I was planning on writing this entry today anyway, but I received a somewhat pleasant surprise to find in my inbox this morning a 66-page pdf file entitled Welcome to Hermosillo 2010.
Now, I'm sure Natalie is sitting on pins and needles that I might disclose something in that document that isn't meant to be shared, so I'm going to go ahead and disappoint everyone by promising to keep that document almost entirely sealed. Sorry, but there is just too much paranoia right now to take that route.
I was planning on just tipping my hat to the diplomats of yesteryear and how daunting new post assignments must have been to them.
Can't you just imagine being in the foreign service 100 years ago? "Hey Joe Diplomat, we are sending you to Peking in a month. Here is a copy of The Travels of Marco Polo. I hear the duck is great. Good luck."
Just about everyday since October when we learned we would be going to Hermosillo, I've been researching on the Internet what exactly is in store for me. I realize that this kind of information is only so good, but I have to imagine will cut into the culture shock a bit. That, and the fact that Hermosillo is practically a border town with more American culture present than many other posts.
So then I skimmed through the Hermosillo hand guide this morning for an hour or so, and I started getting a little cold feet. The move to Mexico has lacked teeth; it hasn't seemed like this was something we were actually going to do.
The pdf has ushered in some of that realization. The rest probably won't hit me until we are driving through Arizona.
Now this is the part where I'll share just a little of the info that I read today, though in truth, most of what I'm going to include is stuff we've probably all heard before, and this was merely confirmation. All the same, if Natalie and the State Department would kindly close out of this blog and go do something more productive, that would much appreciated.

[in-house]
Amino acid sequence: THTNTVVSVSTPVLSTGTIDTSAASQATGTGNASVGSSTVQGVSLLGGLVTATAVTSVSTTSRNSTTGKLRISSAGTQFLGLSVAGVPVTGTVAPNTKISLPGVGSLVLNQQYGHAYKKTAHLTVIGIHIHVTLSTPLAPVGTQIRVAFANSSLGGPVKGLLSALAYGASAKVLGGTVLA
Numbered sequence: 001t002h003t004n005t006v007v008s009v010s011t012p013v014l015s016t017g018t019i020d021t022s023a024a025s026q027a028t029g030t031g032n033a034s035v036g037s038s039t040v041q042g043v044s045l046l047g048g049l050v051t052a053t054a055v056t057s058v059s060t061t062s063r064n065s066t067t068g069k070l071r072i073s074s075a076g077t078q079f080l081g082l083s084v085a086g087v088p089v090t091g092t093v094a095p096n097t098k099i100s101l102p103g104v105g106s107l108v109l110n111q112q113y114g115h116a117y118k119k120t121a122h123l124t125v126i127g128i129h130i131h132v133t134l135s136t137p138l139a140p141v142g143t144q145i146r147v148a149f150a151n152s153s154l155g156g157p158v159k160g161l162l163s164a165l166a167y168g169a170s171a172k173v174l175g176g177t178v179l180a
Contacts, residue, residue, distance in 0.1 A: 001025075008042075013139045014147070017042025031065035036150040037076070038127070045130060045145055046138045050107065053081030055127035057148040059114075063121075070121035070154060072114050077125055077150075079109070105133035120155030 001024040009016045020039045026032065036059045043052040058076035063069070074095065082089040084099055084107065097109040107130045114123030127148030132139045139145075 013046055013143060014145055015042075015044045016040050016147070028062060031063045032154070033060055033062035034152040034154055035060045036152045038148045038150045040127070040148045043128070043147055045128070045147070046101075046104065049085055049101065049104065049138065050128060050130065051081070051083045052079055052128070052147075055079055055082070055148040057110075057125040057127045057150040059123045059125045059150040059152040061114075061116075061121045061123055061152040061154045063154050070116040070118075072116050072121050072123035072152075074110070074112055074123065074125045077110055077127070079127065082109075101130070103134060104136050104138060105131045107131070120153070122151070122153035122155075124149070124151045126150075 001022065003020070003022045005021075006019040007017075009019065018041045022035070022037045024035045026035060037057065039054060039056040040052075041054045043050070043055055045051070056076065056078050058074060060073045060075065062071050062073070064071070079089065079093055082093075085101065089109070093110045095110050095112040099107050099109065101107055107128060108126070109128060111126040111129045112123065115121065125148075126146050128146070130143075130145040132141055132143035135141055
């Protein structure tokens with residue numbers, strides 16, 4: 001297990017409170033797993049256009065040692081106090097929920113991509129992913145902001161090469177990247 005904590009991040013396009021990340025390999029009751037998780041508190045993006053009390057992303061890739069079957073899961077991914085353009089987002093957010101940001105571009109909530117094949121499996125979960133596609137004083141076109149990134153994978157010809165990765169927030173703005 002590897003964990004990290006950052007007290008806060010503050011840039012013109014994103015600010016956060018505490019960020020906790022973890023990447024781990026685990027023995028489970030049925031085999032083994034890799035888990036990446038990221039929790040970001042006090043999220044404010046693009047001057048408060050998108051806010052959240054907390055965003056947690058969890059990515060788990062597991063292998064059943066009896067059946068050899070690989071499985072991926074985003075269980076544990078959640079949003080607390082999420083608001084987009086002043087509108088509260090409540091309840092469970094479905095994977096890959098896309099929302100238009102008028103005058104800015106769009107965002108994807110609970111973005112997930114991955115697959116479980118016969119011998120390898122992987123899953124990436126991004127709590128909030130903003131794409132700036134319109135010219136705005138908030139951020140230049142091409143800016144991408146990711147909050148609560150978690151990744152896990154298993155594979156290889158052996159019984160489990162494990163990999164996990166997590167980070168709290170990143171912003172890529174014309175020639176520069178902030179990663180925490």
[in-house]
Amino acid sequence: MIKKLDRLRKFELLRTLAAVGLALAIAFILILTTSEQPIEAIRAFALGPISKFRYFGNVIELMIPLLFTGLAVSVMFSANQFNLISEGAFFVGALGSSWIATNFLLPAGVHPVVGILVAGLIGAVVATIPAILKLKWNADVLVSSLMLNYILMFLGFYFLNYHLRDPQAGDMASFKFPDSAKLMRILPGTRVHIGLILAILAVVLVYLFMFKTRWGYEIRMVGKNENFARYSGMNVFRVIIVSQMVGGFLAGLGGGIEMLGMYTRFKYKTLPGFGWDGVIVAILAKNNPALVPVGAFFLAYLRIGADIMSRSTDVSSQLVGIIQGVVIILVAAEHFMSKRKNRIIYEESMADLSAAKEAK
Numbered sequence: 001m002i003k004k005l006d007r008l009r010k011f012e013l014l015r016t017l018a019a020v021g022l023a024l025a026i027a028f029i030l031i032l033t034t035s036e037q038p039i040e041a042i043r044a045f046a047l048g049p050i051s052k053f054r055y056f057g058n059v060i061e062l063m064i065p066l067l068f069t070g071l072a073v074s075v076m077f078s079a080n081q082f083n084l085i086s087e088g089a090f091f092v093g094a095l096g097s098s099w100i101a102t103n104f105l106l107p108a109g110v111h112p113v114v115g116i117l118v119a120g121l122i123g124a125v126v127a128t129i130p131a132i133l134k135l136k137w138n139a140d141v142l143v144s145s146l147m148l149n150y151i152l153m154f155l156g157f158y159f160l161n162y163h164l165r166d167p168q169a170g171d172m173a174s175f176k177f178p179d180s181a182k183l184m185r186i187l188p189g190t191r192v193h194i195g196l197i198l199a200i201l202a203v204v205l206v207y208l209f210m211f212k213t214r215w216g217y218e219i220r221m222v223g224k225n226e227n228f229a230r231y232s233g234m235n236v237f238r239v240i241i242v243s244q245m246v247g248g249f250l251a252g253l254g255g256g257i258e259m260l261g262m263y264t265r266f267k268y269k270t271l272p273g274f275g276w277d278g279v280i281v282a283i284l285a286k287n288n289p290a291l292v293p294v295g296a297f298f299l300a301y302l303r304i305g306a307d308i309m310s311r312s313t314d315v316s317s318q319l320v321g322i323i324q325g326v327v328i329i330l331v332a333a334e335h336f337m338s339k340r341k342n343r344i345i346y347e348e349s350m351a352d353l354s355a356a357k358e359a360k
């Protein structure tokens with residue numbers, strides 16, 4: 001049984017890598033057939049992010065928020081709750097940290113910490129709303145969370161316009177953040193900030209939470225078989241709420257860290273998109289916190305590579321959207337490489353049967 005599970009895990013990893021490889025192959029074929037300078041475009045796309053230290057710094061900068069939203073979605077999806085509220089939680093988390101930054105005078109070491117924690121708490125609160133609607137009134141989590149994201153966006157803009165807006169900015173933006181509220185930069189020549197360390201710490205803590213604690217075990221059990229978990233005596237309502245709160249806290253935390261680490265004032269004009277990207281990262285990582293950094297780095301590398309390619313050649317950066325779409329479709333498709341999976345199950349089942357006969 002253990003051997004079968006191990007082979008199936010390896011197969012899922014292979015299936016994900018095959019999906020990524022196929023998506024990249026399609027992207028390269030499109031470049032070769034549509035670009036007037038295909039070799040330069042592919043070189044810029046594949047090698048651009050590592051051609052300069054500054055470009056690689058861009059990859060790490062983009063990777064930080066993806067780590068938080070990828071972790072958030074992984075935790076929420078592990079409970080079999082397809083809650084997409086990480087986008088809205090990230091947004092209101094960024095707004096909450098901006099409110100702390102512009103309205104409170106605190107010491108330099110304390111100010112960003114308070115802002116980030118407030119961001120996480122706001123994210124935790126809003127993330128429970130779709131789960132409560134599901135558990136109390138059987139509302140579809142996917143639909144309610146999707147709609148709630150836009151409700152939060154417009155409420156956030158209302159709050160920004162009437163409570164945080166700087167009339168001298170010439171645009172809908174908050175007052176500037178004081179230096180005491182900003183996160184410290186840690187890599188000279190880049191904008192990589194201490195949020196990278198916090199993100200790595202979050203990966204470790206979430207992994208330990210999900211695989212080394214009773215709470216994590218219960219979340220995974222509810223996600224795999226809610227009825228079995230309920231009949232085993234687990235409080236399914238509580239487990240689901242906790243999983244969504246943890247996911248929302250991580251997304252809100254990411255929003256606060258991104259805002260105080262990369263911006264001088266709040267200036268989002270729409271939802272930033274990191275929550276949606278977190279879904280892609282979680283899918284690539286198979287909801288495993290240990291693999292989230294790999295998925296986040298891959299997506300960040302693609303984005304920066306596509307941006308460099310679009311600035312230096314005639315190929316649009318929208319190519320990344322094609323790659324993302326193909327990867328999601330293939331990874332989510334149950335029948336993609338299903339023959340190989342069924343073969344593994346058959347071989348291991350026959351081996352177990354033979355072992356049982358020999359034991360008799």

First, the Mexican police really do suggest bribes in lieu of tickets. Similarly, don't part with your licenses, passports, etc. In fact, don't even drive with your passport in your car; rather, keep a copy.
While it is better not to drink local tap, Hermosillo is better than most of Mexico in that you can wash dishes with it. I've been practicing not drinking water when we go out to restaurants. "Would you like a glass of water, too?" "No thanks. I'm moving to Mexico. I'm trying to quit."
The heat is scary. The locals say Hermosillo has nine months of winter and three months of hell. But still, for those inclined to feel cold (read as, my wife), they suggest space heaters for winter nights.
Mexican schedules are intimidating. They start the day "early" though that makes sense because it is so hot. By the way, the guide considers starting the work day at 8 a.m. as early. When I did work, that is when my work day started, so I don't think of 8 a.m. as early. But then things get interesting. Morning runs til 1-2 p.m. followed by the biggest meal of the day. Dinner is at 9 p.m., which isn't that weird for the East Coast when we are eating out, but we usually eat our dinner at home around 6 p.m. Going out at night means you better be able to sleep in or be able to operate on less sleep because it will run into the early morning hours.
All not too bad, but as you start adding little differences here and there, and maybe a few larger ones like language, and culture shock is on the horizon. And a lot of heat.
Amazon Forms Team to Focus on Driverless Technology
56 minutes ago